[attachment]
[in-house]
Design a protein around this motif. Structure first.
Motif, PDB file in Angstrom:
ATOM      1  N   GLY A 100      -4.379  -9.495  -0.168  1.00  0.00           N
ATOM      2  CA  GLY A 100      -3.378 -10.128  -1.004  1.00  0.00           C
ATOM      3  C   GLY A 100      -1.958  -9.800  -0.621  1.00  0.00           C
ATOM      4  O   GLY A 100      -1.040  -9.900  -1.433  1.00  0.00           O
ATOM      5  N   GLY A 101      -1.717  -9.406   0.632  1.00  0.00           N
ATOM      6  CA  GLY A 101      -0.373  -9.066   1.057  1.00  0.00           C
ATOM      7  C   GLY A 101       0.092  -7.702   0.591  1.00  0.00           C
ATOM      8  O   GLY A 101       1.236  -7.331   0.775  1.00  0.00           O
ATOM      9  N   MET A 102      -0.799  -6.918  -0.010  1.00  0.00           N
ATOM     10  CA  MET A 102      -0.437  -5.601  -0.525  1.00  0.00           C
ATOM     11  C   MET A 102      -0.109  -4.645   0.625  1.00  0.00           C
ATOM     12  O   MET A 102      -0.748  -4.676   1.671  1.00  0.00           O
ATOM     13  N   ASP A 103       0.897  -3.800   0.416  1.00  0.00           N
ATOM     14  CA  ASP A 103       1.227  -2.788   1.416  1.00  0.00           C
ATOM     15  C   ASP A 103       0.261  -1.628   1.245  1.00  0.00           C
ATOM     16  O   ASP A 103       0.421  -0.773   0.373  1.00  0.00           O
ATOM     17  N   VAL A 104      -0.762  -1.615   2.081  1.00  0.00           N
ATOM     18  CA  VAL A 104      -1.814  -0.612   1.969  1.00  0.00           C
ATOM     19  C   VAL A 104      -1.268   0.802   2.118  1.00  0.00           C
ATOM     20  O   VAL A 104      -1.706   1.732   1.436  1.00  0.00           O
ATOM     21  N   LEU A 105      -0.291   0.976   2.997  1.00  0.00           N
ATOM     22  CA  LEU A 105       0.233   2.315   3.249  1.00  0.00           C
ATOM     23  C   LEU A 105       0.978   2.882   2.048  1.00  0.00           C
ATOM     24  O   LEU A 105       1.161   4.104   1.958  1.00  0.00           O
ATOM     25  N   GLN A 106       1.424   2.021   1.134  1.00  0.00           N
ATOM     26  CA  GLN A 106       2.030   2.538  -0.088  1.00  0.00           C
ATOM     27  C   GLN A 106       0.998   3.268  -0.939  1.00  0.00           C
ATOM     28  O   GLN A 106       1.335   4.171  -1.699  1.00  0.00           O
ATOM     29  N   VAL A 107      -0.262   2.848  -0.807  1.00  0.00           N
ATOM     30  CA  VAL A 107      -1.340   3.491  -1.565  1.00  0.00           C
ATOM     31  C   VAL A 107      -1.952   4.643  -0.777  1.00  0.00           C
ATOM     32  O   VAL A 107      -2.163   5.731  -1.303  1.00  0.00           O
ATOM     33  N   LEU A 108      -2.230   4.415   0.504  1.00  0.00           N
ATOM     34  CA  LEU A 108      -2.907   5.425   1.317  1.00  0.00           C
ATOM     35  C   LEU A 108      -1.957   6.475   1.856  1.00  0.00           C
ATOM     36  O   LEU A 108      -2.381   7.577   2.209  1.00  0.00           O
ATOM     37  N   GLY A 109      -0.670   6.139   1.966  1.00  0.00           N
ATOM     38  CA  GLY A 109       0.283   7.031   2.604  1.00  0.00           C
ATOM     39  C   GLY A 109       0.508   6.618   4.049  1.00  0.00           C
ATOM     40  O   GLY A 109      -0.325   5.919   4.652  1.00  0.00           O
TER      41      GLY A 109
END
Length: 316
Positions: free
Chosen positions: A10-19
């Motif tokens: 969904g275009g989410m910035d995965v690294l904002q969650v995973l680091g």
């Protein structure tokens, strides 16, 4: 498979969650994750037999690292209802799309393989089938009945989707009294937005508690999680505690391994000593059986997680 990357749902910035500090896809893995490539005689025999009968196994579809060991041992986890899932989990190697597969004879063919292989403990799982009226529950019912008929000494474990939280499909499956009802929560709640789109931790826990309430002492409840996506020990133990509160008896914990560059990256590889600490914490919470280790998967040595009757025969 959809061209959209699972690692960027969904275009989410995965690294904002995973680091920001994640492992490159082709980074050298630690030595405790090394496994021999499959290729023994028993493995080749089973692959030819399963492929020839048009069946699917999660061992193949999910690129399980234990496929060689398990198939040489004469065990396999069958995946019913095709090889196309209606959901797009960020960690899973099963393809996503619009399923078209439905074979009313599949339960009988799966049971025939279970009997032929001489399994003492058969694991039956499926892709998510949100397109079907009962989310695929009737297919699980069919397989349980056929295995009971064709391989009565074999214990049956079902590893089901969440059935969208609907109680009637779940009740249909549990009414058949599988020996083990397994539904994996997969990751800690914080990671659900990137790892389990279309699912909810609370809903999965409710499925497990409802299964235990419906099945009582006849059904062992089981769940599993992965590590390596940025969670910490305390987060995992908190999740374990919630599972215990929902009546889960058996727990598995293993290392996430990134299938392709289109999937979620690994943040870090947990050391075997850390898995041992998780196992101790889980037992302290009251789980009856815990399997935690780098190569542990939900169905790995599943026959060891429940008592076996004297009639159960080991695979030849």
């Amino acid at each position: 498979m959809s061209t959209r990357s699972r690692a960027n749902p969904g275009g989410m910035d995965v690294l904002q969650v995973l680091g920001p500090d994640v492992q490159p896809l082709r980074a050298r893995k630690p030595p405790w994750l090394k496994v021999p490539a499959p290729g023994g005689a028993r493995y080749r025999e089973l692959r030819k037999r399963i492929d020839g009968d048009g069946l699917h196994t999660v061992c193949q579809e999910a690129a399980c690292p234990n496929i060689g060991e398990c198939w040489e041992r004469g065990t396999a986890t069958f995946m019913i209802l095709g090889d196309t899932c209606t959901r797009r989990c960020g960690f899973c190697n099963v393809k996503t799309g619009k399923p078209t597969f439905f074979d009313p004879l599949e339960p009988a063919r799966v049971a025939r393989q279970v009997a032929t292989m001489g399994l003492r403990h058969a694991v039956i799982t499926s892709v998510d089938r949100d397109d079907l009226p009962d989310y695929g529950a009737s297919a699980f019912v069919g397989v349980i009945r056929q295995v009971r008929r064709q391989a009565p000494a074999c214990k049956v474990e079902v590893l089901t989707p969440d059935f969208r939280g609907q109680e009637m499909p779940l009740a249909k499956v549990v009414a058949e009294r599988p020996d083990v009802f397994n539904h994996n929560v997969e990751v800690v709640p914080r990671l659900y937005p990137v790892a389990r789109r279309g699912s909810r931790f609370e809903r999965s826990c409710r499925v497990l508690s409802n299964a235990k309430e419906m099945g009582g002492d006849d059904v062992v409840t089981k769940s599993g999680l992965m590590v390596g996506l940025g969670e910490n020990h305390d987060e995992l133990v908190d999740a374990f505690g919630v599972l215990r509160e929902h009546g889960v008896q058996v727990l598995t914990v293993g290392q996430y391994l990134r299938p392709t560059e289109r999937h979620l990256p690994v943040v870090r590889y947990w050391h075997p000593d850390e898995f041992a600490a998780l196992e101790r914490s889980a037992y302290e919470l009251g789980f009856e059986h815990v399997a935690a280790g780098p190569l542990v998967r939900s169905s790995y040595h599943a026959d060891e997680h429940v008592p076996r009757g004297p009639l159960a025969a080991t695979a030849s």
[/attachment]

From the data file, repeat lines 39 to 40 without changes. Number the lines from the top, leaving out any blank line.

ATOM     36  O   LEU A 108      -2.381   7.577   2.209  1.00  0.00           O
ATOM     37  N   GLY A 109      -0.670   6.139   1.966  1.00  0.00           N